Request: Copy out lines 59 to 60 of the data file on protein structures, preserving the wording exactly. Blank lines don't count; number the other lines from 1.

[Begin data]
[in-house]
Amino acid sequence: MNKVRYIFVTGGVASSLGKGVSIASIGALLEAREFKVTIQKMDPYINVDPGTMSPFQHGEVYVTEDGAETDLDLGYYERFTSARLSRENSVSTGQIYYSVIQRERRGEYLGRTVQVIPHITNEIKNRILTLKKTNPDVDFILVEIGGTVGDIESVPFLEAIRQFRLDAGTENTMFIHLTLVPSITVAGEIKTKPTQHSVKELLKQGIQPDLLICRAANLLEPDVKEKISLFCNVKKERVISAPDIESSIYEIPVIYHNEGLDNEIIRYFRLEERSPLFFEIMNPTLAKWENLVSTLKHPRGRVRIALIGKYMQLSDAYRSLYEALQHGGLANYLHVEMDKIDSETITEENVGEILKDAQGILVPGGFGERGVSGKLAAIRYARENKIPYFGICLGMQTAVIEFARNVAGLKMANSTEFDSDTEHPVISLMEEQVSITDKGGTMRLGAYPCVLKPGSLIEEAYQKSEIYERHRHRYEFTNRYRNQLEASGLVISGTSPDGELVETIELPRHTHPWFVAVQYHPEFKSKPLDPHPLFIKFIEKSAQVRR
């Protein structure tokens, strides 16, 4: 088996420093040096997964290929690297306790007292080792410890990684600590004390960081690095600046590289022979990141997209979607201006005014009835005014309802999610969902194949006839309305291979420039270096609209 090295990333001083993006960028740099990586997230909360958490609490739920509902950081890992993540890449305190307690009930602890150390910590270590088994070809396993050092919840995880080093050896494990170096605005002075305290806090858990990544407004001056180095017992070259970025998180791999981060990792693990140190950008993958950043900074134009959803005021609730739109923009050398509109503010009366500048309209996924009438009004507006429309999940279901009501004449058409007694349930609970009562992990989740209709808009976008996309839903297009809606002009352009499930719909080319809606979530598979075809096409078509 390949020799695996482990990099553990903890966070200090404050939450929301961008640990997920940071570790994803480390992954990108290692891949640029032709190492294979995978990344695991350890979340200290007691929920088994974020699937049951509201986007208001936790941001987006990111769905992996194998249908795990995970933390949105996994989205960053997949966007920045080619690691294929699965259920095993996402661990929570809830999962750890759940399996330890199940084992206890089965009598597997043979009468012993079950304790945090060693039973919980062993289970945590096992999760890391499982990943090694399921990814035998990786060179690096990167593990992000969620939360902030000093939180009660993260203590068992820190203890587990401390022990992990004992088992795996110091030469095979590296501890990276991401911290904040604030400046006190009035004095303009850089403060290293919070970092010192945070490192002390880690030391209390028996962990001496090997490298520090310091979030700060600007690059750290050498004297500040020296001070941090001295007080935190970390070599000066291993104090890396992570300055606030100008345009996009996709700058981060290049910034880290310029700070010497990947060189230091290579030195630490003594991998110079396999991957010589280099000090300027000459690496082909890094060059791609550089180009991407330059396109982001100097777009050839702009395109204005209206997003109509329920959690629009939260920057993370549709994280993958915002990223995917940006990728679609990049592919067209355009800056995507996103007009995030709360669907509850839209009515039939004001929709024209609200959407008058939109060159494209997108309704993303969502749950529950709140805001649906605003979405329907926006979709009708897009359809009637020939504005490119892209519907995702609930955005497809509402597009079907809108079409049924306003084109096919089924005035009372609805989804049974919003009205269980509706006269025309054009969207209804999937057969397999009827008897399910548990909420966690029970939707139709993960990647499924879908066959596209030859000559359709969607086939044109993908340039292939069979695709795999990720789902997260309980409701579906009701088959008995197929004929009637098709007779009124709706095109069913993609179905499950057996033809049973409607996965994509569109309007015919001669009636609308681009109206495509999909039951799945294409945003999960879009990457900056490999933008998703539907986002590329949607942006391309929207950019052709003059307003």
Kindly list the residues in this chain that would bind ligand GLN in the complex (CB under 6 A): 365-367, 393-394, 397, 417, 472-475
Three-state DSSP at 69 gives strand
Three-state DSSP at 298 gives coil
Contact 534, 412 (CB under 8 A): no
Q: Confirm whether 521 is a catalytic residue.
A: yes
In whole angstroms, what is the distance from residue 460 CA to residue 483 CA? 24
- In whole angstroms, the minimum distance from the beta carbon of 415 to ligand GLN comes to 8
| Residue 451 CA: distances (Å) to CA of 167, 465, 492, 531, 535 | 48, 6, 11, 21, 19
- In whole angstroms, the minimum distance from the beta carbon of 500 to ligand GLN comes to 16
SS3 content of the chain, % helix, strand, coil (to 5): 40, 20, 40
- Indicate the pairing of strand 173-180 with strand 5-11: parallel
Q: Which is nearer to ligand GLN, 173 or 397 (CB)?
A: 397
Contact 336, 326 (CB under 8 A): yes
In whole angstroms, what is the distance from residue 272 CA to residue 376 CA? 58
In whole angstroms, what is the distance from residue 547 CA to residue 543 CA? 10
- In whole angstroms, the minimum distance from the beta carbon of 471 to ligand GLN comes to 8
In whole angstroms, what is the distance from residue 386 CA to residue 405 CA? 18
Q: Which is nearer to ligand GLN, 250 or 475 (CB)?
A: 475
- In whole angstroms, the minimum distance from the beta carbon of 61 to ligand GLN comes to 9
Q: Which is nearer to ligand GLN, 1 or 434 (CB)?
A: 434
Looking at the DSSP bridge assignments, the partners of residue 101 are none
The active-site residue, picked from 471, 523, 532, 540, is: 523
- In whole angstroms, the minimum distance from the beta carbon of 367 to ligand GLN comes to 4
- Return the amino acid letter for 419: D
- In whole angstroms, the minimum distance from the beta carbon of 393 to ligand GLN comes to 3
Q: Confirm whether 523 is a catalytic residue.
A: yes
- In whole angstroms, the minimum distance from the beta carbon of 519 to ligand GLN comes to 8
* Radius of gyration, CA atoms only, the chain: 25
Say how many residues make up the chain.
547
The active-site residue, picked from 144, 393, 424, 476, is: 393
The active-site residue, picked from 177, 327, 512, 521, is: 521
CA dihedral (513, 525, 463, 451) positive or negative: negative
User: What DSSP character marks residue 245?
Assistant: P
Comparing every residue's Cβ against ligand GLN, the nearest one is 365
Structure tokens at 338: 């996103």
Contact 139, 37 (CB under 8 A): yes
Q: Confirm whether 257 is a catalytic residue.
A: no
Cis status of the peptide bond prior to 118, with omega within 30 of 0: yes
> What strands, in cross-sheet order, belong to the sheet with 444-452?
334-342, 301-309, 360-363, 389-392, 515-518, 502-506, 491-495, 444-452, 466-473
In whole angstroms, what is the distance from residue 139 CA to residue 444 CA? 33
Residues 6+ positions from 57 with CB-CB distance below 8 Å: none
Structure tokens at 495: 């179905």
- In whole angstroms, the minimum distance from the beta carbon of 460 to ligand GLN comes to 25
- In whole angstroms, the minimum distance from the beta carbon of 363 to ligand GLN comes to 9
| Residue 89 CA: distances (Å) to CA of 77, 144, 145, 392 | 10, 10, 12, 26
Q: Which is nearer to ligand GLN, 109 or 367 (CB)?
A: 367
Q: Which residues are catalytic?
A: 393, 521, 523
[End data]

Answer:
A: 367
Q: Which residues are catalytic?